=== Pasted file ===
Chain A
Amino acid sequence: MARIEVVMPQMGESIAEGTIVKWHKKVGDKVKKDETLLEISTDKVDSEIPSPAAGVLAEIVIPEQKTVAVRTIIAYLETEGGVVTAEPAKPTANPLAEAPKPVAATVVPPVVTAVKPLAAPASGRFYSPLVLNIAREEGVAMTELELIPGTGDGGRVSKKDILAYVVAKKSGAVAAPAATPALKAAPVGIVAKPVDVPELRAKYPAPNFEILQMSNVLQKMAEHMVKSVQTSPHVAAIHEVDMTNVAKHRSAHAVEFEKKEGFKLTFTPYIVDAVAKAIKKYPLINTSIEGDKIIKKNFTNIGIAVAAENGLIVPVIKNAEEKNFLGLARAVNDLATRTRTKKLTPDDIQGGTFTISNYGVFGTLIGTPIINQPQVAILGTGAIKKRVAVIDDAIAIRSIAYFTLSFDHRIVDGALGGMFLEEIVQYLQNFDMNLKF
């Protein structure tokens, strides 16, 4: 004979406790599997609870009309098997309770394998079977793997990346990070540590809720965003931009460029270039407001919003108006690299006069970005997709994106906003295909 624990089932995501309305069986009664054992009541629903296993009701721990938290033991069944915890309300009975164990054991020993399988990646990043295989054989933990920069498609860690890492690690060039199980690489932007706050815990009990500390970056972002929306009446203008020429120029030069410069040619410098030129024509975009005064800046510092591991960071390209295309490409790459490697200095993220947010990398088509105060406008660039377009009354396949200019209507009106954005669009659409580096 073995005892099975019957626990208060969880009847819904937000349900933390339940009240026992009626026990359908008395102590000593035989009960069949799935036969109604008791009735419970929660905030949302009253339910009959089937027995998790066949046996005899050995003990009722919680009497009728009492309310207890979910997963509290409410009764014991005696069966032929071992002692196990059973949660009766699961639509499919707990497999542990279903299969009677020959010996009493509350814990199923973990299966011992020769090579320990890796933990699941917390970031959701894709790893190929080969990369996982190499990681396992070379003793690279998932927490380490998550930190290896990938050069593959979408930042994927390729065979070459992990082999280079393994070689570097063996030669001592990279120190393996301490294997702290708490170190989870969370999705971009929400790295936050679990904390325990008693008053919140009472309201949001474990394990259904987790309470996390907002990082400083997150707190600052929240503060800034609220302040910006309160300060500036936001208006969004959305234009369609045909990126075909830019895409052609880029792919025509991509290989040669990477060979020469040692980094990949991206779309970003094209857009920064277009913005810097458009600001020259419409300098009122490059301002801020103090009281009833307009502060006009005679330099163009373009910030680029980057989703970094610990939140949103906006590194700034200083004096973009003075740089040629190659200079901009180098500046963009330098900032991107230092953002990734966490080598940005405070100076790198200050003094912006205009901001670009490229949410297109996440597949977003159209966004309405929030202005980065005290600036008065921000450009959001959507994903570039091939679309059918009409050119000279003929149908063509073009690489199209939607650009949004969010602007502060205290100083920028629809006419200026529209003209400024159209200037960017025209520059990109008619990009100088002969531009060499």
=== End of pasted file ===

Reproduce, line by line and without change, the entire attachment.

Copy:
Chain A
Amino acid sequence: MARIEVVMPQMGESIAEGTIVKWHKKVGDKVKKDETLLEISTDKVDSEIPSPAAGVLAEIVIPEQKTVAVRTIIAYLETEGGVVTAEPAKPTANPLAEAPKPVAATVVPPVVTAVKPLAAPASGRFYSPLVLNIAREEGVAMTELELIPGTGDGGRVSKKDILAYVVAKKSGAVAAPAATPALKAAPVGIVAKPVDVPELRAKYPAPNFEILQMSNVLQKMAEHMVKSVQTSPHVAAIHEVDMTNVAKHRSAHAVEFEKKEGFKLTFTPYIVDAVAKAIKKYPLINTSIEGDKIIKKNFTNIGIAVAAENGLIVPVIKNAEEKNFLGLARAVNDLATRTRTKKLTPDDIQGGTFTISNYGVFGTLIGTPIINQPQVAILGTGAIKKRVAVIDDAIAIRSIAYFTLSFDHRIVDGALGGMFLEEIVQYLQNFDMNLKF
């Protein structure tokens, strides 16, 4: 004979406790599997609870009309098997309770394998079977793997990346990070540590809720965003931009460029270039407001919003108006690299006069970005997709994106906003295909 624990089932995501309305069986009664054992009541629903296993009701721990938290033991069944915890309300009975164990054991020993399988990646990043295989054989933990920069498609860690890492690690060039199980690489932007706050815990009990500390970056972002929306009446203008020429120029030069410069040619410098030129024509975009005064800046510092591991960071390209295309490409790459490697200095993220947010990398088509105060406008660039377009009354396949200019209507009106954005669009659409580096 073995005892099975019957626990208060969880009847819904937000349900933390339940009240026992009626026990359908008395102590000593035989009960069949799935036969109604008791009735419970929660905030949302009253339910009959089937027995998790066949046996005899050995003990009722919680009497009728009492309310207890979910997963509290409410009764014991005696069966032929071992002692196990059973949660009766699961639509499919707990497999542990279903299969009677020959010996009493509350814990199923973990299966011992020769090579320990890796933990699941917390970031959701894709790893190929080969990369996982190499990681396992070379003793690279998932927490380490998550930190290896990938050069593959979408930042994927390729065979070459992990082999280079393994070689570097063996030669001592990279120190393996301490294997702290708490170190989870969370999705971009929400790295936050679990904390325990008693008053919140009472309201949001474990394990259904987790309470996390907002990082400083997150707190600052929240503060800034609220302040910006309160300060500036936001208006969004959305234009369609045909990126075909830019895409052609880029792919025509991509290989040669990477060979020469040692980094990949991206779309970003094209857009920064277009913005810097458009600001020259419409300098009122490059301002801020103090009281009833307009502060006009005679330099163009373009910030680029980057989703970094610990939140949103906006590194700034200083004096973009003075740089040629190659200079901009180098500046963009330098900032991107230092953002990734966490080598940005405070100076790198200050003094912006205009901001670009490229949410297109996440597949977003159209966004309405929030202005980065005290600036008065921000450009959001959507994903570039091939679309059918009409050119000279003929149908063509073009690489199209939607650009949004969010602007502060205290100083920028629809006419200026529209003209400024159209200037960017025209520059990109008619990009100088002969531009060499």